Professor Denise Montell’s lab has discovered a biological process that could lead to revolutionary steps in regenerative medicine: anastasis, or “rising to life” in Greek. This process is the reversal of apoptosis, regulated cell death, and it has earned the lab a $1 million grant awarded by the W.M. Keck Foundation, which supports scientific research in the United States.
Excessive apoptosis leads to atrophy of important systems, but an insufficient amount could lead to uncontrolled cell growth in the form of tumors and cancers.
“One of my postdocs, Hogan Tang, had the idea that apoptosis could be reversed,” Montell said. “Originally, it was thought that apoptosis was irreversible once it reached a certain point,” she continued.
To biologists, this seemed to be intuitive; in apoptosis, enzymes are activated to chop up cell components in a continuing positive feedback loop. More enzymes activate others like themselves, until the cell is destroyed.
“It was a fairly simple experiment,” Montell said. “We induce cell death by adding a toxic chemical such as ethanol and then when the cells are right on the brink of death, we exchange the medium and observe them.”
In a series of images depicting lung cancer cells, apoptosis is clearly happening–the cells shrink, and some cells even fragment into different pieces. However, a few frames later, the cells re-form into a picture almost identical to the original image.
Unfortunately, this may be one of the reasons as to why cancers have a tendency to reappear, even after many rounds of treatment. However, there is a positive side to this discovery.
“It’s not just observed in these lung cancer cells,” Montell said. “It’s observed in mice, and in anything from heart muscle to glial cells.”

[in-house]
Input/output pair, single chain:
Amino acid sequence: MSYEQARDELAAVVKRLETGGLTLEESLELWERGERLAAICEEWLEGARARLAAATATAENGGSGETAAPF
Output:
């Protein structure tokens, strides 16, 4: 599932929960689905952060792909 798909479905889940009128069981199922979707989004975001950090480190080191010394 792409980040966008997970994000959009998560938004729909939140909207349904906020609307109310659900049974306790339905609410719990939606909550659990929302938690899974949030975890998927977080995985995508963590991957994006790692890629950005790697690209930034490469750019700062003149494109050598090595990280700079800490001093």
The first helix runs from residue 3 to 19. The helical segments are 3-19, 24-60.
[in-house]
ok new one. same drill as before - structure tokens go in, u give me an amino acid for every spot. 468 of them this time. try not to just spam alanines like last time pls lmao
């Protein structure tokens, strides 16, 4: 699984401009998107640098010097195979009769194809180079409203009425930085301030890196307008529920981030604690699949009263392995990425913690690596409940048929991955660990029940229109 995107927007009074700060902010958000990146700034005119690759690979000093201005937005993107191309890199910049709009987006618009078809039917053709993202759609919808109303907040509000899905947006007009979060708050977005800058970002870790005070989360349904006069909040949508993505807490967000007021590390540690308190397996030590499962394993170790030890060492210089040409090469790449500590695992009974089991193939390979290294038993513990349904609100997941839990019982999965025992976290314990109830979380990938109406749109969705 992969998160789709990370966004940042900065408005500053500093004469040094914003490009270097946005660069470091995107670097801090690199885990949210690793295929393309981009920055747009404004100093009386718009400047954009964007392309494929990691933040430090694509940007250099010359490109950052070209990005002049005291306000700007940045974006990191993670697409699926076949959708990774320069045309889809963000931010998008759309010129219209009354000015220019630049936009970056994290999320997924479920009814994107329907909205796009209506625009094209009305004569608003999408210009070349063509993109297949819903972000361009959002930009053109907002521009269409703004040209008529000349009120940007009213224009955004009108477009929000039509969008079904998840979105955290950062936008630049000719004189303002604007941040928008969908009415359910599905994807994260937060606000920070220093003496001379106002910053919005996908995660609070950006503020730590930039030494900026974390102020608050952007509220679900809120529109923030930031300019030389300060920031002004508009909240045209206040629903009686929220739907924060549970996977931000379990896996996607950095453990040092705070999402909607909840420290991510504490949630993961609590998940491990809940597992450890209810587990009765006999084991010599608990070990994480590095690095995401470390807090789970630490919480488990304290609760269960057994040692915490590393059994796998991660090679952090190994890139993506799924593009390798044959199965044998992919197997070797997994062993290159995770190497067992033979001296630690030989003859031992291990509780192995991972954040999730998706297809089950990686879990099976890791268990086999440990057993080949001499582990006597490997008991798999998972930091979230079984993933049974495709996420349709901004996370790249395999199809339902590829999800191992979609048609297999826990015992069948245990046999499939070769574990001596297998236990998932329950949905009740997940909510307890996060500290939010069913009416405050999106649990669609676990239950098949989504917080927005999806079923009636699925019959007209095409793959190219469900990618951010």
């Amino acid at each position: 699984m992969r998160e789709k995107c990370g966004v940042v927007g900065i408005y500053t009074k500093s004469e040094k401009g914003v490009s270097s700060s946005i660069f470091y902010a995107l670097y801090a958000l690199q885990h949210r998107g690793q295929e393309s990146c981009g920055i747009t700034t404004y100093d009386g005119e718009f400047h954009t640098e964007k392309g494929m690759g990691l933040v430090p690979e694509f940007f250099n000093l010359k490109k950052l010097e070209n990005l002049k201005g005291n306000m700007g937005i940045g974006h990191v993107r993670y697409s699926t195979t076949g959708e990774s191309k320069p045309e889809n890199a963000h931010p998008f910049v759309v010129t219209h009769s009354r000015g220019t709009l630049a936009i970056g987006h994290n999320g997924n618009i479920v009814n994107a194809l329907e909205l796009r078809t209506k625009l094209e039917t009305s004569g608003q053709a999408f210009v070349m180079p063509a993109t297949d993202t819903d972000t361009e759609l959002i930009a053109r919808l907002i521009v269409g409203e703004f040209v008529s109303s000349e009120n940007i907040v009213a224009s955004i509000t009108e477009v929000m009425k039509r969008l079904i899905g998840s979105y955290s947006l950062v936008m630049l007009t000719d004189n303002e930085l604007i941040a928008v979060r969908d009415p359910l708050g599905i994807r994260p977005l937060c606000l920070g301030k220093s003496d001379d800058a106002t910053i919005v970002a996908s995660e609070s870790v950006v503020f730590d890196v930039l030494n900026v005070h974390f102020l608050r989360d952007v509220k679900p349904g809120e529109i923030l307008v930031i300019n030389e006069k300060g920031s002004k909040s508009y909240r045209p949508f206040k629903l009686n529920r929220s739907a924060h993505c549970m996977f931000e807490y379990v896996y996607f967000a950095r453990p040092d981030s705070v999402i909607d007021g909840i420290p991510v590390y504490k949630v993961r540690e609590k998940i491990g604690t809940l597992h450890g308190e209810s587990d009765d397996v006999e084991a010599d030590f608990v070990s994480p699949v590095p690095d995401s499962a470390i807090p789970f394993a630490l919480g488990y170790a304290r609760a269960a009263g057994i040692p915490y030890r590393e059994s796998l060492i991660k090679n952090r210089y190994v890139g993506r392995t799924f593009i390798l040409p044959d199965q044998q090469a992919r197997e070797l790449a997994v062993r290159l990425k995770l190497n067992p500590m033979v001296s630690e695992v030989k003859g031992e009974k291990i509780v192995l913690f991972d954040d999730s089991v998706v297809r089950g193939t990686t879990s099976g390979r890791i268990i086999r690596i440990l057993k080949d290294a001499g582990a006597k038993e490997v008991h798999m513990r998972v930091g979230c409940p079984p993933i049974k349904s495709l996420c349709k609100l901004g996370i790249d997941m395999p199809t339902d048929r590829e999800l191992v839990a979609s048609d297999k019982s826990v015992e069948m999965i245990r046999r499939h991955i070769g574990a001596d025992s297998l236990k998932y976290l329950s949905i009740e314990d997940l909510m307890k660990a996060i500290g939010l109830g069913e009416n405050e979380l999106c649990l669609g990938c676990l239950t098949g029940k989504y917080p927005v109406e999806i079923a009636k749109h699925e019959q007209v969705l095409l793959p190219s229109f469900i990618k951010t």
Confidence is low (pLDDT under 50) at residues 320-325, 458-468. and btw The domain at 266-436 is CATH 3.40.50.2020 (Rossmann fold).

“Heart muscle cells can do this,” she continued. “They can recover from transient stress and toxins, such as radiation we’ve been exposed to. Cells have evolved this ability to recover.”
The discovery of anastasis means unexplored possibilities in the realm of regenerative medicine. Many patients with heart disease, degenerative disorders, or cancers could benefit from treatments that stem from this new field.
“We must understand the molecular basis of this previously unknown phenomenon,” Montell said.
An increased understanding of anastasis could lead to a degree of control over this process, so that someday, it could be used to treat patients. But why had scientists believed for so long that there was no going back after apoptosis?
“It’s difficult to catch anastasis happening to animals, since the resulting cells look like the original cells,” Montell explained.
Conducting experiments in a laboratory setting in order to observe anastasis is also tricky.
“After you induce apoptosis, cells are very fragile,” Montell said. “If you’re not careful, when you replace the medium, they can float away, and then you can’t see them.”
The cells are so fragile that sometimes even the light used to image them will kill them. The grant that the Montell team has been awarded will, in part, go toward an advanced microscope with a sensitive camera, allowing the continuation of their research.
“Denise Montell’s research group has made the sort of fundamental discovery that opens up unexplored scientific territory,” said Michael Witherell, UCSB’s vice chancellor for research. “We are pleased that the Keck Foundation recognized this as an opportunity and moved quickly to support this groundbreaking research.”
Photo Courtesy of Denise Montell